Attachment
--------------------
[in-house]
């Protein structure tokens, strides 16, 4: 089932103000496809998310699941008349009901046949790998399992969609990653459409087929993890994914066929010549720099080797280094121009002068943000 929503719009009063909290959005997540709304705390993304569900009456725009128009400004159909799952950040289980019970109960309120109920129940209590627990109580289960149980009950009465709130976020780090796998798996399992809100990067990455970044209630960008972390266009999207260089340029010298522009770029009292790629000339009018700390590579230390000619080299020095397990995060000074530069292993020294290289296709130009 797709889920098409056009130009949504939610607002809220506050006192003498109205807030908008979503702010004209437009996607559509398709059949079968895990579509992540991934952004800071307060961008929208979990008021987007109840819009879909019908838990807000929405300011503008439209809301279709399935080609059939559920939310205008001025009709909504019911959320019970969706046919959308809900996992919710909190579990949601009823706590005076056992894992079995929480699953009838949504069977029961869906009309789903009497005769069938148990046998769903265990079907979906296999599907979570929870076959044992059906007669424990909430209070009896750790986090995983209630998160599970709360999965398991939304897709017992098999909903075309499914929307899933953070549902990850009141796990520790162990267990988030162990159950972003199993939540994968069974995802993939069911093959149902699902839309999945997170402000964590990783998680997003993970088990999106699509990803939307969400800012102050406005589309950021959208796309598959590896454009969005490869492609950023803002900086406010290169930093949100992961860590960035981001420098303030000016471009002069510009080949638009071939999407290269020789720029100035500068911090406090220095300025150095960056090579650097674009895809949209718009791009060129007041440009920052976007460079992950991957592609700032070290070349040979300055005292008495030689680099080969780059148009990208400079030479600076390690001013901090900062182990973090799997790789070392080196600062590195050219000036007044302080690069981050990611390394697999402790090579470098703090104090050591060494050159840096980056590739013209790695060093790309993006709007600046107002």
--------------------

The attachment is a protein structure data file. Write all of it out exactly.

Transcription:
[in-house]
């Protein structure tokens, strides 16, 4: 089932103000496809998310699941008349009901046949790998399992969609990653459409087929993890994914066929010549720099080797280094121009002068943000 929503719009009063909290959005997540709304705390993304569900009456725009128009400004159909799952950040289980019970109960309120109920129940209590627990109580289960149980009950009465709130976020780090796998798996399992809100990067990455970044209630960008972390266009999207260089340029010298522009770029009292790629000339009018700390590579230390000619080299020095397990995060000074530069292993020294290289296709130009 797709889920098409056009130009949504939610607002809220506050006192003498109205807030908008979503702010004209437009996607559509398709059949079968895990579509992540991934952004800071307060961008929208979990008021987007109840819009879909019908838990807000929405300011503008439209809301279709399935080609059939559920939310205008001025009709909504019911959320019970969706046919959308809900996992919710909190579990949601009823706590005076056992894992079995929480699953009838949504069977029961869906009309789903009497005769069938148990046998769903265990079907979906296999599907979570929870076959044992059906007669424990909430209070009896750790986090995983209630998160599970709360999965398991939304897709017992098999909903075309499914929307899933953070549902990850009141796990520790162990267990988030162990159950972003199993939540994968069974995802993939069911093959149902699902839309999945997170402000964590990783998680997003993970088990999106699509990803939307969400800012102050406005589309950021959208796309598959590896454009969005490869492609950023803002900086406010290169930093949100992961860590960035981001420098303030000016471009002069510009080949638009071939999407290269020789720029100035500068911090406090220095300025150095960056090579650097674009895809949209718009791009060129007041440009920052976007460079992950991957592609700032070290070349040979300055005292008495030689680099080969780059148009990208400079030479600076390690001013901090900062182990973090799997790789070392080196600062590195050219000036007044302080690069981050990611390394697999402790090579470098703090104090050591060494050159840096980056590739013209790695060093790309993006709007600046107002």